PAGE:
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Mortgage rates nose-dive to new low and bring out the buyers

Doug Whiteman
Mortgage rates nose-dive to new low and bring out the buyers

Mortgage interest rates have gone from astonishingly low to almost ridiculously low in a closely followed survey that's been monitoring rates for almost half a century.

Extremely low rates are pulling would-be homebuyers out of COVID-19 lockdown and into the housing market, and the result is what mortgage giant Freddie Mac is calling a "remarkable turnaround" for mortgage borrowing.

Homeowners are clinching rock-bottom rates, too, and are saving tens of thousands of dollars by refinancing.

Average mortgage rates skid to new record low

1599686sv / Shutterstock
Mortgage rates have hit another new all-time low

Mortgage rates dropped to an average 3.15% for a 30-year fixed-rate home loan in the week ending May 28, down from the previous week's 3.24%, Freddie Mac reported on Thursday.

"The 30-year fixed-rate mortgage has again hit the lowest level in our survey’s nearly 50-year history, breaking the record for the third time in just the last few months," says Sam Khater, Freddie Mac's chief economist.

The survey rates come with an average 0.7 point. Last year at this time, the typical rate on a 30-year fixed mortgage was a steeper 3.99%.

The benchmark mortgage rate hasn't gone any higher than 3.33%, on average, since the beginning of April, and Freddie Mac predicts rates will stay low throughout the year. The firm is forecasting that 30-year mortgage rates will average 3.3% during 2020, way down from last year's 3.9%.

But researchers at Realtor.com have predicted that average rates "may slide under 3% by the end of the year," and some sub-3% rates are already out there. You just have to know where to find them.

Brand-new research from LendingTree has found different lenders can offer the same borrower rates that vary by 1 full percentage point or more, but if you shop around you can reduce your total interest costs by up to $52,000.

Homebuying is on the rebound

Kristi Blokhin / Shutterstock
Homebuyers are venturing out of coronavirus lockdown.

Tumbling mortgage rates are drawing out hunkered-down homebuyers: Khater says demand for mortgages to buy homes has made a "remarkable turnaround given the sharp contraction in economic activity."

The Mortgage Bankers Association reported Wednesday that applications for purchase loans jumped 9% in the week ending May 22 and have grown 54% since early April.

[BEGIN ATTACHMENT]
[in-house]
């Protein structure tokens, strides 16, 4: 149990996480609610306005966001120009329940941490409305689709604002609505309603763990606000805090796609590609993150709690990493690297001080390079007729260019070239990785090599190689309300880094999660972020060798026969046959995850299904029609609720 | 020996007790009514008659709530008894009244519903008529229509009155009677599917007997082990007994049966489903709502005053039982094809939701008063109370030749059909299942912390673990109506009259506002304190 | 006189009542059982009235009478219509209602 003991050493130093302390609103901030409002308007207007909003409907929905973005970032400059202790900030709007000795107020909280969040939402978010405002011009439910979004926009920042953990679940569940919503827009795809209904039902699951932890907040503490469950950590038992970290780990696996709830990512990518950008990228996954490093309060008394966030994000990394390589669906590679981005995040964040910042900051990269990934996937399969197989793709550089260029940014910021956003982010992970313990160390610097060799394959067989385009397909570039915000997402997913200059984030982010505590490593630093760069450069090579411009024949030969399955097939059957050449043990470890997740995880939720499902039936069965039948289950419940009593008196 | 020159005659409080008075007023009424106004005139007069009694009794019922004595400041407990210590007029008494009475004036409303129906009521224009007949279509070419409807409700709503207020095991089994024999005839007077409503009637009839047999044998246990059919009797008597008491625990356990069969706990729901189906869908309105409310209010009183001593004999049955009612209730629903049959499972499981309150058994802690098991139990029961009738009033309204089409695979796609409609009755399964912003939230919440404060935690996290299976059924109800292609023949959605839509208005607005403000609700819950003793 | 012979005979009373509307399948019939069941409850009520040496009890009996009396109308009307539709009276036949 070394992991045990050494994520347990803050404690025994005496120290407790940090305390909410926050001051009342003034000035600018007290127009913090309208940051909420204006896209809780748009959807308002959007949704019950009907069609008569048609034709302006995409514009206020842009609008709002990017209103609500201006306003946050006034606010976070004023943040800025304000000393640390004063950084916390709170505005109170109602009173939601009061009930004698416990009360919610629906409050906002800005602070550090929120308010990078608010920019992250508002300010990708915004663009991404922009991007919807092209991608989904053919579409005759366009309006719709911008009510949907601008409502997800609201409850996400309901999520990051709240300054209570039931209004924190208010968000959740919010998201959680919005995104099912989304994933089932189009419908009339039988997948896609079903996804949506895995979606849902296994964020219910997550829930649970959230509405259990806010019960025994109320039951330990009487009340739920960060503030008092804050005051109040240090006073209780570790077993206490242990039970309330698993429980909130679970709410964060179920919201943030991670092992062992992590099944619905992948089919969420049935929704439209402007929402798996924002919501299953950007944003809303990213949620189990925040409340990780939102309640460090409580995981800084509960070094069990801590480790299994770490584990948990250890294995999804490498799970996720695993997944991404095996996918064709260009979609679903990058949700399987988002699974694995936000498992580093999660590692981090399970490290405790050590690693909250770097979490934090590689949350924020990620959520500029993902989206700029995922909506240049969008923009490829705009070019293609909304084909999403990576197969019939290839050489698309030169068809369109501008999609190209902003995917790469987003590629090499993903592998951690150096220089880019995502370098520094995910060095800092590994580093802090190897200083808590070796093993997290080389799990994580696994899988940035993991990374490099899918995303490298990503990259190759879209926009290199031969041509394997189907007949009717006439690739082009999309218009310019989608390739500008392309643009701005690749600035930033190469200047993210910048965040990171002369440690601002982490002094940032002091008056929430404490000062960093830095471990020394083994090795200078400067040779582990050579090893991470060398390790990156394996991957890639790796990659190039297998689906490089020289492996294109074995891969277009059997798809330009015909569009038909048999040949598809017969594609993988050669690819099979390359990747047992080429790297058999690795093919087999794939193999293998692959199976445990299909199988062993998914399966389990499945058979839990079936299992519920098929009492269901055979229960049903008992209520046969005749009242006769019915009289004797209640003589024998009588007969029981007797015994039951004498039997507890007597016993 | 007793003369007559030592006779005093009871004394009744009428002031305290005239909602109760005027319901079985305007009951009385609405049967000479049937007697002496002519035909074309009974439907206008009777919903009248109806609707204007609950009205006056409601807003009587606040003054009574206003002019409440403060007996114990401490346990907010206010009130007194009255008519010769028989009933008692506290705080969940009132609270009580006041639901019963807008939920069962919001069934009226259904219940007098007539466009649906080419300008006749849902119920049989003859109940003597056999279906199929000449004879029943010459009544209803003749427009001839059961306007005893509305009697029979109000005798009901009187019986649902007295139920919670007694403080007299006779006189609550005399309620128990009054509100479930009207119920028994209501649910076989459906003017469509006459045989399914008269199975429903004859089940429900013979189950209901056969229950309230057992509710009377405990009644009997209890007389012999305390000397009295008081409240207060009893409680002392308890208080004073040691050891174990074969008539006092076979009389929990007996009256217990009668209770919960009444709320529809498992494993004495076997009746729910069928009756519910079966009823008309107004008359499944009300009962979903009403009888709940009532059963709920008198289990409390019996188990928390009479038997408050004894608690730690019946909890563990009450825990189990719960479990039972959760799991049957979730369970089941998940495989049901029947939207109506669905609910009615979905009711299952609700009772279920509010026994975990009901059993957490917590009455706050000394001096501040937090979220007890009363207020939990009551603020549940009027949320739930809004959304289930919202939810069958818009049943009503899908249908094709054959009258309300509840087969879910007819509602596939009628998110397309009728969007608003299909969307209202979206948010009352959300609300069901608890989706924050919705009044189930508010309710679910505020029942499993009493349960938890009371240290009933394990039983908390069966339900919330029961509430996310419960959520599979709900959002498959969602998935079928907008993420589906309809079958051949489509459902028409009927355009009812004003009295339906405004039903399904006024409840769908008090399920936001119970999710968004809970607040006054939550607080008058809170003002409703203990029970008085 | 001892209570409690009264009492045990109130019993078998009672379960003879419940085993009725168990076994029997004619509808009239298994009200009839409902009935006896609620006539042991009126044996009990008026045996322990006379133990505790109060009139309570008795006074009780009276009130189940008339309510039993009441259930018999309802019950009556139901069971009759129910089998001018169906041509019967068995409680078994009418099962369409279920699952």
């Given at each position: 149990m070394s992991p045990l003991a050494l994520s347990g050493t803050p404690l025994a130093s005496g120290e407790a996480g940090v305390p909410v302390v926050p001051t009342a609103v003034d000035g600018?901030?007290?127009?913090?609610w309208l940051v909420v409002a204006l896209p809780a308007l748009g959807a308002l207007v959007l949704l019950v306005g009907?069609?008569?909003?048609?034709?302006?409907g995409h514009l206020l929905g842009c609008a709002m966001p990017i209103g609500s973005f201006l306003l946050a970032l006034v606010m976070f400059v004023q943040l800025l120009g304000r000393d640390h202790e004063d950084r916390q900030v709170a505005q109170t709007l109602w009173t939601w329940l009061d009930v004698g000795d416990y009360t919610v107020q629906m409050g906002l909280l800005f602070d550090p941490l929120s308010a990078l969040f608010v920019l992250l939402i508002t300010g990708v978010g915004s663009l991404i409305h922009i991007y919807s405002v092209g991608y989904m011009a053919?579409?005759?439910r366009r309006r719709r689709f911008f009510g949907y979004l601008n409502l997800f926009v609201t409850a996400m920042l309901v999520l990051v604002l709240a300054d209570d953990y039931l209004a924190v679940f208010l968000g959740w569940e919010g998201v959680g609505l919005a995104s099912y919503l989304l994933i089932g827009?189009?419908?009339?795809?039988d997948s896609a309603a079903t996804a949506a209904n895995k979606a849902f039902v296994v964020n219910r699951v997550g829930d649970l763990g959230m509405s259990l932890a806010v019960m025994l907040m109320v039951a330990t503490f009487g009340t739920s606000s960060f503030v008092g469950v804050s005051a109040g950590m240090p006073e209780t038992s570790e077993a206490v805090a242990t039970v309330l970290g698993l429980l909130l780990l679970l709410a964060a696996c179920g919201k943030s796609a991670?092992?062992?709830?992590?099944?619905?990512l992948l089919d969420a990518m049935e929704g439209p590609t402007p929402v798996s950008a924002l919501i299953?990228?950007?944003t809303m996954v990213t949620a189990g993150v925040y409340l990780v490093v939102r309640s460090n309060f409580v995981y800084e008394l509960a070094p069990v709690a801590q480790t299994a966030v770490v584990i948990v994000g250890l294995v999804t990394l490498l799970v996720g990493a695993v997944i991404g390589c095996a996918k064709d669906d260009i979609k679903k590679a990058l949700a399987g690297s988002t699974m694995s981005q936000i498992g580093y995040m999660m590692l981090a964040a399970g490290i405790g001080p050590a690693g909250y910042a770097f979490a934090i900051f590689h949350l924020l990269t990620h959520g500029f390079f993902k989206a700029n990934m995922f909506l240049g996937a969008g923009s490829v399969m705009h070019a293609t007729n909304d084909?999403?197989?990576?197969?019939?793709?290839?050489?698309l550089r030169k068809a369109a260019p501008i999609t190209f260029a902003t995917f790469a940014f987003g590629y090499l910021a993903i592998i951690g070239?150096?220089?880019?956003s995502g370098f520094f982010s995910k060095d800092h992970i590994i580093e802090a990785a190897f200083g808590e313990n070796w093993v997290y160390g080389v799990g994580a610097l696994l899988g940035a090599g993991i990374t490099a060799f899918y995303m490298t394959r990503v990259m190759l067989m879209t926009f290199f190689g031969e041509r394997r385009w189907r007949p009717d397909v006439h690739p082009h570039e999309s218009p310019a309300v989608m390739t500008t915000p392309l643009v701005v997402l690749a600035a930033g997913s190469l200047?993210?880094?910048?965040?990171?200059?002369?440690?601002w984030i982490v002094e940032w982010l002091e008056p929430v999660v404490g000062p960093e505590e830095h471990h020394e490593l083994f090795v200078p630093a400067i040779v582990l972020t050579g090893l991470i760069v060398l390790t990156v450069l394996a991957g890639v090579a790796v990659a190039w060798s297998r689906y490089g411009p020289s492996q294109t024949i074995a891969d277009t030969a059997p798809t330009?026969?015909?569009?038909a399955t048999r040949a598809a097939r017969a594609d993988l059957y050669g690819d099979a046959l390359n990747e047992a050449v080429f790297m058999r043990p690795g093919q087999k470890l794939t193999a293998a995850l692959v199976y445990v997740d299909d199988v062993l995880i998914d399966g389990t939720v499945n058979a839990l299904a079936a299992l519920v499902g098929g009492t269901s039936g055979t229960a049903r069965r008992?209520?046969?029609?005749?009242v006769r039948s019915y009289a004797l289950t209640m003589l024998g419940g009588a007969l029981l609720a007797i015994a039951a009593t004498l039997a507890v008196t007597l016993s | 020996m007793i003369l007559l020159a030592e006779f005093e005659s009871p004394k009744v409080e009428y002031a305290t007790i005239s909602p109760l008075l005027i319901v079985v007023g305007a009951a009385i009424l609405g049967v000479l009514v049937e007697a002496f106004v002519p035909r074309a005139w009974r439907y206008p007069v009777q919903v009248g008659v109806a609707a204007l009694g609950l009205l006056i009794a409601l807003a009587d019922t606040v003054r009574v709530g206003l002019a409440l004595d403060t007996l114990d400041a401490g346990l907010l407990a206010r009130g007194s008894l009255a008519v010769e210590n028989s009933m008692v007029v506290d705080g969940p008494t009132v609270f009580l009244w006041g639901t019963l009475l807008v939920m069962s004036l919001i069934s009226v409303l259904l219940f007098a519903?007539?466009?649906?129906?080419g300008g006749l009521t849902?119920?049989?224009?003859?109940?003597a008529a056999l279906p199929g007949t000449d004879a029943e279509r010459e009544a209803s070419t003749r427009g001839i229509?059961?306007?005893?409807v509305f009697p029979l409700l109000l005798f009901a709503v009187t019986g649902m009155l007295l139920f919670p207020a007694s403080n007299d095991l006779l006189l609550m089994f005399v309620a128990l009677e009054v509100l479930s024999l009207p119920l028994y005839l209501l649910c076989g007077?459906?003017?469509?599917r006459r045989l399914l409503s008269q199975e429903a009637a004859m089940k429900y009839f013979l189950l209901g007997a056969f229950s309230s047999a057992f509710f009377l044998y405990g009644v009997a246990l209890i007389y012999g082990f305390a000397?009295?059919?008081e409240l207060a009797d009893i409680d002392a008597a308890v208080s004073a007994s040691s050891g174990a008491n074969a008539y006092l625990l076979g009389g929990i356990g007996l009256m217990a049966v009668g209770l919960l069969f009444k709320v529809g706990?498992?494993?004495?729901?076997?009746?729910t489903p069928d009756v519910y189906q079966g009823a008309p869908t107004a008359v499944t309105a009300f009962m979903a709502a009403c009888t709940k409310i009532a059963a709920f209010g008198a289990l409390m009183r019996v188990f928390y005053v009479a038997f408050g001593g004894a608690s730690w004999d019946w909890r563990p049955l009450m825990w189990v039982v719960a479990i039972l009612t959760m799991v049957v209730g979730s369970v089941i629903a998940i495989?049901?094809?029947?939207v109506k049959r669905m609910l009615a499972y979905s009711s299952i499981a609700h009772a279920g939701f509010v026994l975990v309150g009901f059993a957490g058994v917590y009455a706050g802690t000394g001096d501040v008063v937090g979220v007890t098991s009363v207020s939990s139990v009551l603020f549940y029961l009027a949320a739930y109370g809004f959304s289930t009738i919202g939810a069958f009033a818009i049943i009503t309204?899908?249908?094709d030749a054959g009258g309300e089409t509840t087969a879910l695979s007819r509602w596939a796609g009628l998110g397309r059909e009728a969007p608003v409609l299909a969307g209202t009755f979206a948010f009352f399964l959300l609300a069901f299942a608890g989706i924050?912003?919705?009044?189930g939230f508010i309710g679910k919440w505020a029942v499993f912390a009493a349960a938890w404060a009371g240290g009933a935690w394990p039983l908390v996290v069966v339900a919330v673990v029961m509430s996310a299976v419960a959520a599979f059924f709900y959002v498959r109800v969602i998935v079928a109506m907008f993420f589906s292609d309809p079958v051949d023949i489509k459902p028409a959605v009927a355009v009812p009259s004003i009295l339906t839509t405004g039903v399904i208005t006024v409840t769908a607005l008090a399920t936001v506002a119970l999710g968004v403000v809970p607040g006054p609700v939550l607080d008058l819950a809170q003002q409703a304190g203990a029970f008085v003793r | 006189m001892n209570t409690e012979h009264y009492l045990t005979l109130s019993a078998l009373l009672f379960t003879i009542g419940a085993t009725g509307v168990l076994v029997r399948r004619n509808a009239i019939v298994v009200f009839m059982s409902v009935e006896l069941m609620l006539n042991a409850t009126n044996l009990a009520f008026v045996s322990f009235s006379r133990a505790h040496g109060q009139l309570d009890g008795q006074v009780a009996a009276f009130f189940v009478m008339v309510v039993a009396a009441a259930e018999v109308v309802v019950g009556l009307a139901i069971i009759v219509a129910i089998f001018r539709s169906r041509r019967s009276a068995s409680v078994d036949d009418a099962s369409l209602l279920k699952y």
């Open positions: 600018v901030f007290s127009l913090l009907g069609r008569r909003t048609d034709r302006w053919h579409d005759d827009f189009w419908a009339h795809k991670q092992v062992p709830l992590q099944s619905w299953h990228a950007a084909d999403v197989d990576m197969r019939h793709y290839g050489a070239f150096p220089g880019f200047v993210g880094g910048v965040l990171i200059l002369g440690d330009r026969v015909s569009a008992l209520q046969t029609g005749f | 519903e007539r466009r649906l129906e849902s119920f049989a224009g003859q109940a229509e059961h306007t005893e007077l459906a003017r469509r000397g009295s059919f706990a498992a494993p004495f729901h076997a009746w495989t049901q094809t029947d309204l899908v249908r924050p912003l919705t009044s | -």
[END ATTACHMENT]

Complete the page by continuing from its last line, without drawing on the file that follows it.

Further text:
As low rates heat up the housing market, multiple offers and escalation clauses are starting to occur again, says Corey Burr, senior vice president with Sotheby's International Realty in Chevy Chase, Maryland. A buyer who submits an offer with an escalation clause expresses a willingness to go higher if someone else offers more.

Real estate brokerage Redfin reports its agents were drawn into bidding wars with 41% of the offers they wrote during a recent four-week period. One Redfin agent in the Seattle area said a suburban home that hadn't been updated since the 1960s drew 24 offers.

Meanwhile, homeowners are refinancing into cheap mortgage rates to chop down their monthly payments and interest costs. With so many Americans swapping out their mortgages, Khater notes that the average refi loan size has fallen by $70,000 this year.

"This means a broader base of borrowers are taking advantage of the record low rate environment, which will benefit the economy," he says.

Other mortgage rates this week

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Rates on other types of mortgages also are down this week.

Rates on other popular types of mortgage loans also have dipped, according to Freddie Mac.

The average for a 15-year fixed-rate mortgage has dropped to 2.62%, from 2.70% the previous week, the survey says. Fifteen-year loans are a popular refinance option and were averaging 3.46% one year ago.

Rates on 5/1 adjustable-rate mortgages are down, too. Those loans are commonly known as "ARMs" and have rates that are fixed for five years and then can adjust up or down every year.

ARMs are currently being offered at an initial rate of 3.13%; the average a week earlier was 3.17%.

At this time last year, the starter rates on those mortgages were averaging 3.60%.